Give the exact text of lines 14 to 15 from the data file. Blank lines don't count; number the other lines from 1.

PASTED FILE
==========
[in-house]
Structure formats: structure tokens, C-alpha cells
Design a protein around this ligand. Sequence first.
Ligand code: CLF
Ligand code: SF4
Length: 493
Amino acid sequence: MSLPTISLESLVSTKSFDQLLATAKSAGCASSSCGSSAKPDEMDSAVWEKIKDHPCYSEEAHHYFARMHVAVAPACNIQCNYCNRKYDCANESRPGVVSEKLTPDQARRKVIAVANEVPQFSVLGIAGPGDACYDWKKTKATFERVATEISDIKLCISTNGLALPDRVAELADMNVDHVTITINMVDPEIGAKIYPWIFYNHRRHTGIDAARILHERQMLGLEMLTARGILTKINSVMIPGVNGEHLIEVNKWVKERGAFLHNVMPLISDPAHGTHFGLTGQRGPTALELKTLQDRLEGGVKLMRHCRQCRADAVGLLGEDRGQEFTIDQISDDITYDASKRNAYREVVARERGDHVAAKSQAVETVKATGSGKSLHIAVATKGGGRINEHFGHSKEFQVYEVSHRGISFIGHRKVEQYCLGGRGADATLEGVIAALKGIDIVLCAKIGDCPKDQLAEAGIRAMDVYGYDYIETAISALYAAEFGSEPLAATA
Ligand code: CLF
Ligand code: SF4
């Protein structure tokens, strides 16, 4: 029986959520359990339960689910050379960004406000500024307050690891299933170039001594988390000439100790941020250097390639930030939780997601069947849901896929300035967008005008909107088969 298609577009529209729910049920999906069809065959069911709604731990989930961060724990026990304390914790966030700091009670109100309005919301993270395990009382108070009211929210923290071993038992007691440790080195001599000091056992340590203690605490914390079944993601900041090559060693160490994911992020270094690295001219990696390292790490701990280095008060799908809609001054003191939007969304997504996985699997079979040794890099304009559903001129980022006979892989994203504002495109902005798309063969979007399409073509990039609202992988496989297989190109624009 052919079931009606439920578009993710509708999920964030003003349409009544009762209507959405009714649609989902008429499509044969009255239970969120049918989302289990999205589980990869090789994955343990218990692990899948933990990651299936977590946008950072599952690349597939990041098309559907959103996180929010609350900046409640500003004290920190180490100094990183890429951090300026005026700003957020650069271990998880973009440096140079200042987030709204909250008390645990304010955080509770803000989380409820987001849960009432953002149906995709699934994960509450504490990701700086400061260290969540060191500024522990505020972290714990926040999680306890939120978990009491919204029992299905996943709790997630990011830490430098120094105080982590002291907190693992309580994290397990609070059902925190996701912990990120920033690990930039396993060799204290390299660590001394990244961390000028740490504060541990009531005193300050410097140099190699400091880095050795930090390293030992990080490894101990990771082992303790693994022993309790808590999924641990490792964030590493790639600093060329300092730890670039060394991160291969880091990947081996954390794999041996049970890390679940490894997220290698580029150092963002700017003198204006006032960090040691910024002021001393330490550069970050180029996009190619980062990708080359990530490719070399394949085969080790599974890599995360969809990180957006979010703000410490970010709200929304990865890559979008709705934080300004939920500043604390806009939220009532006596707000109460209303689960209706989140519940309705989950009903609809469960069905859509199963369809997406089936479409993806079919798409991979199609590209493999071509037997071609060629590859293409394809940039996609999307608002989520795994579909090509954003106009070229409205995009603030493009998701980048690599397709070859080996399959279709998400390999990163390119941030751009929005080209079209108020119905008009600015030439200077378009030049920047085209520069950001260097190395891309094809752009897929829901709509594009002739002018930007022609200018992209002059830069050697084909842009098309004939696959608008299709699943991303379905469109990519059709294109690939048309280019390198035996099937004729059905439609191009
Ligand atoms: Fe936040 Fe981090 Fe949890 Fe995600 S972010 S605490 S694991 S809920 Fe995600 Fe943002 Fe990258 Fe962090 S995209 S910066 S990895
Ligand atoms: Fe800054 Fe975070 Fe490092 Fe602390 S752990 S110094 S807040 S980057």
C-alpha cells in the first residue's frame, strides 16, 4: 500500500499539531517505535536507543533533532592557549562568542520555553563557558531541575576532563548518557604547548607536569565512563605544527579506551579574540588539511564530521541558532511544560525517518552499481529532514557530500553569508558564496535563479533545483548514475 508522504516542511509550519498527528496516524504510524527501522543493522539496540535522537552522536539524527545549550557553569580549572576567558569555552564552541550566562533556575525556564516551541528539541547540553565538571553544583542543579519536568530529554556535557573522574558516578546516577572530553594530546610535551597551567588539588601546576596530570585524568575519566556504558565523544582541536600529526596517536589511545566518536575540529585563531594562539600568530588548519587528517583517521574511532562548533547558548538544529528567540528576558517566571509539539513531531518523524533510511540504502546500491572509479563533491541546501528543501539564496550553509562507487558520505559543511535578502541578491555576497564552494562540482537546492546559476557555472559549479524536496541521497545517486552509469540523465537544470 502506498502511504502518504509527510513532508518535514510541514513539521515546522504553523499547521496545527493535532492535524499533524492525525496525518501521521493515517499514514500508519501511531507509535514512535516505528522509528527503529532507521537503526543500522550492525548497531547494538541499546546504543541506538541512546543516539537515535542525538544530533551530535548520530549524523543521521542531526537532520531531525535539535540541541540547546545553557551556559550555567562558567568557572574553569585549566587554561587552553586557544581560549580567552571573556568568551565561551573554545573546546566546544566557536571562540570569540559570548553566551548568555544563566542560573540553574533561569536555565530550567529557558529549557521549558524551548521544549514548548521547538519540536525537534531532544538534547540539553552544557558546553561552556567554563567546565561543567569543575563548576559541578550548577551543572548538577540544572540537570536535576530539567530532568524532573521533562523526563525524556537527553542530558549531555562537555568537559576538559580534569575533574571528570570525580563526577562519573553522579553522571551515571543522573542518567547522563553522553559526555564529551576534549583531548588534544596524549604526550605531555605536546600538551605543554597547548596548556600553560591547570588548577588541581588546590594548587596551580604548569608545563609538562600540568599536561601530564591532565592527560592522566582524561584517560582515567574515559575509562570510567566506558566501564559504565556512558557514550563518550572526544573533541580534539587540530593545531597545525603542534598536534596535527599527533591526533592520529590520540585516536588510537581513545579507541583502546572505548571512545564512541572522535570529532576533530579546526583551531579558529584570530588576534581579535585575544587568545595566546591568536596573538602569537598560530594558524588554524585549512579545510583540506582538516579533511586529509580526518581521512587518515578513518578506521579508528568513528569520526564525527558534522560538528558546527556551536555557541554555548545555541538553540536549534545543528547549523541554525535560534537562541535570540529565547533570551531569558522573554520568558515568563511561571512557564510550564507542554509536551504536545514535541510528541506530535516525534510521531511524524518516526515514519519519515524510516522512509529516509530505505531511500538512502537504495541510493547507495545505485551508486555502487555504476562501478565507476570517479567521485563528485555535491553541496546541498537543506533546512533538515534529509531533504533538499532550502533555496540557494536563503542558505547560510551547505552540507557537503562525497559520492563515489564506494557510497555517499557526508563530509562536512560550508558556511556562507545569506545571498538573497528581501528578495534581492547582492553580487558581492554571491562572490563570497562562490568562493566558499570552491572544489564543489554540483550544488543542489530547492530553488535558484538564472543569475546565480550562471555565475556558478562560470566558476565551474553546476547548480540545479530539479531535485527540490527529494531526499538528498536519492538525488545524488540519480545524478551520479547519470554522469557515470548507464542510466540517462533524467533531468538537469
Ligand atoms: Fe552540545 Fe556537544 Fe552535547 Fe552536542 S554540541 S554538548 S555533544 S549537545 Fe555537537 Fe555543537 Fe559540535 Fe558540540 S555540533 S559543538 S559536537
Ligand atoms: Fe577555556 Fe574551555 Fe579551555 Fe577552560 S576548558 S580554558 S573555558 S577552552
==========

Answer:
Ligand atoms: Fe552540545 Fe556537544 Fe552535547 Fe552536542 S554540541 S554538548 S555533544 S549537545 Fe555537537 Fe555543537 Fe559540535 Fe558540540 S555540533 S559543538 S559536537
Ligand atoms: Fe577555556 Fe574551555 Fe579551555 Fe577552560 S576548558 S580554558 S573555558 S577552552